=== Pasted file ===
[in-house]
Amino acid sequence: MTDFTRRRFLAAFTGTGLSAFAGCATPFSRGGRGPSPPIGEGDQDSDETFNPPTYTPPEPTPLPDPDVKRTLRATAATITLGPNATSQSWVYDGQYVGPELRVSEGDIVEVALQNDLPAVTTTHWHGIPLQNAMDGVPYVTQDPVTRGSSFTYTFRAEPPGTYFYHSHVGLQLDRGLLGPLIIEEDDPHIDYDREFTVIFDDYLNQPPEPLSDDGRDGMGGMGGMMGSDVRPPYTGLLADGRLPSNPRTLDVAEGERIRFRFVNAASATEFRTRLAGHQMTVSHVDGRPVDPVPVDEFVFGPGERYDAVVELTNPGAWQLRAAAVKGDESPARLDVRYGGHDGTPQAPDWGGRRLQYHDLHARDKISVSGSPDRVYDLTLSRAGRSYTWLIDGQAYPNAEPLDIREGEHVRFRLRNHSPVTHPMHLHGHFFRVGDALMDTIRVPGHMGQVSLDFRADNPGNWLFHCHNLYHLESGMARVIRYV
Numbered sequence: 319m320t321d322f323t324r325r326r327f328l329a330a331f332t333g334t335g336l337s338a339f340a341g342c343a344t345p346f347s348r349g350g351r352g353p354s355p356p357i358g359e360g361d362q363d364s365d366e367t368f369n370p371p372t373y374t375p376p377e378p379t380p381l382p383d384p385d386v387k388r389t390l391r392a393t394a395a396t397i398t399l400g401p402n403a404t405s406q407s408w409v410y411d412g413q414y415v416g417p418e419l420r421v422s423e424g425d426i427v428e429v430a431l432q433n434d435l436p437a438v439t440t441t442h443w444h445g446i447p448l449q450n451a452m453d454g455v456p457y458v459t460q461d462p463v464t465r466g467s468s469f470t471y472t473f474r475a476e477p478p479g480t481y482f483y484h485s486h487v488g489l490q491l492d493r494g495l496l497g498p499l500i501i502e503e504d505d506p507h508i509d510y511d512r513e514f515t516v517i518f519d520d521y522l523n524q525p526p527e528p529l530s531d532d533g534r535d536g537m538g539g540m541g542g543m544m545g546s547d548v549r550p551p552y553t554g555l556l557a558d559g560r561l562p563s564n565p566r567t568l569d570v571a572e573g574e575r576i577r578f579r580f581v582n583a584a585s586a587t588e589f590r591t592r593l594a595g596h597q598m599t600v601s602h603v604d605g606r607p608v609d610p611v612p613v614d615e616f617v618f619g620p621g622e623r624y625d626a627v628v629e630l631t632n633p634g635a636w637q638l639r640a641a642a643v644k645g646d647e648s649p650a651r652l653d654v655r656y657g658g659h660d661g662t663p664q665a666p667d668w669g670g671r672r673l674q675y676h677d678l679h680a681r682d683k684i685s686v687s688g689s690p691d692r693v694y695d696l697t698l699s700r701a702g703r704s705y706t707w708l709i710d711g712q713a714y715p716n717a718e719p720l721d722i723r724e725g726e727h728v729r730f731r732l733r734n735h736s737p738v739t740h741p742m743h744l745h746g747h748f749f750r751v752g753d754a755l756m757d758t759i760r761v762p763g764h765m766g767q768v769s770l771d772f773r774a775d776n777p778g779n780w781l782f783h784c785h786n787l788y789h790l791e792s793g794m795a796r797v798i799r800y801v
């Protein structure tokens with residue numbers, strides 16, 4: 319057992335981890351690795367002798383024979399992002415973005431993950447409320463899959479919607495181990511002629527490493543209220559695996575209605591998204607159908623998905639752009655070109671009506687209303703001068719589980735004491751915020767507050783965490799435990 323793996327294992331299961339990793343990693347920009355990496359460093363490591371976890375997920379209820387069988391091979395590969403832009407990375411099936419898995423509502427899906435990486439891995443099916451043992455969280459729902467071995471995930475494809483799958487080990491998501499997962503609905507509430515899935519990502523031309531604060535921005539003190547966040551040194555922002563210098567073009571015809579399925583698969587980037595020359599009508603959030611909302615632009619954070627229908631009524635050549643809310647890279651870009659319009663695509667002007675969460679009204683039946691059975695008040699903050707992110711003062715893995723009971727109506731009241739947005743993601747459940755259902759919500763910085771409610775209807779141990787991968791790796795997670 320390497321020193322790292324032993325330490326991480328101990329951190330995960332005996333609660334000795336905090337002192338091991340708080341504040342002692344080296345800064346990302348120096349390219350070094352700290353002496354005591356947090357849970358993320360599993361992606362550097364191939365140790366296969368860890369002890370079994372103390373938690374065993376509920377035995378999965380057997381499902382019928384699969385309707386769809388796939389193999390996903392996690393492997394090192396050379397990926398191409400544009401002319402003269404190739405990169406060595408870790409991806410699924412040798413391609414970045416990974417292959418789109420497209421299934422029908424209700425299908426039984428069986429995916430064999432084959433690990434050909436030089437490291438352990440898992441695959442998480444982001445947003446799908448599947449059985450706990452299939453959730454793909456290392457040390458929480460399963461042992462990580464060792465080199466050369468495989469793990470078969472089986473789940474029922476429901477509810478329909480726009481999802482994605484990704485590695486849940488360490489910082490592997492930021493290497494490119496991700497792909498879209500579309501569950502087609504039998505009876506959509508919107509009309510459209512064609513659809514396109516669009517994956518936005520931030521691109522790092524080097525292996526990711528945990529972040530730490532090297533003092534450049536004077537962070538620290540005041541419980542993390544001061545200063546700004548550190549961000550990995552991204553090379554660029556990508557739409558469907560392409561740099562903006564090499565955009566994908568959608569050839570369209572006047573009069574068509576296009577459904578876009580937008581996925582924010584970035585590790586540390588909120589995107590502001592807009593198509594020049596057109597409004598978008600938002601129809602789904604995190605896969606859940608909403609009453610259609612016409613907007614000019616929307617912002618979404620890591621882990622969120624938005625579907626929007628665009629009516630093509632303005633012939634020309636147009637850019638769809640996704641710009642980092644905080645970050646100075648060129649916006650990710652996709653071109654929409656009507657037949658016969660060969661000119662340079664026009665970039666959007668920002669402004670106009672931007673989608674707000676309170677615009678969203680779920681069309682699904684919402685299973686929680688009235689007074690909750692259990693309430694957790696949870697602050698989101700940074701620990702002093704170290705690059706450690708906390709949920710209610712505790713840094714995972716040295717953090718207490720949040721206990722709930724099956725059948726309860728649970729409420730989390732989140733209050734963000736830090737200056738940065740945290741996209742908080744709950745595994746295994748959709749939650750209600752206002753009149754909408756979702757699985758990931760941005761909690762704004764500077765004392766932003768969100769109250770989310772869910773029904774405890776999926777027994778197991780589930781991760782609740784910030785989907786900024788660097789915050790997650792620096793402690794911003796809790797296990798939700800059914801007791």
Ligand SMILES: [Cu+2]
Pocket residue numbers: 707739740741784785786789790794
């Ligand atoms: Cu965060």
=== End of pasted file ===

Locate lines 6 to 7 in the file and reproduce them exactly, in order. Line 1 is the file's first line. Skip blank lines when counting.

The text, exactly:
Pocket residue numbers: 707739740741784785786789790794
């Ligand atoms: Cu965060």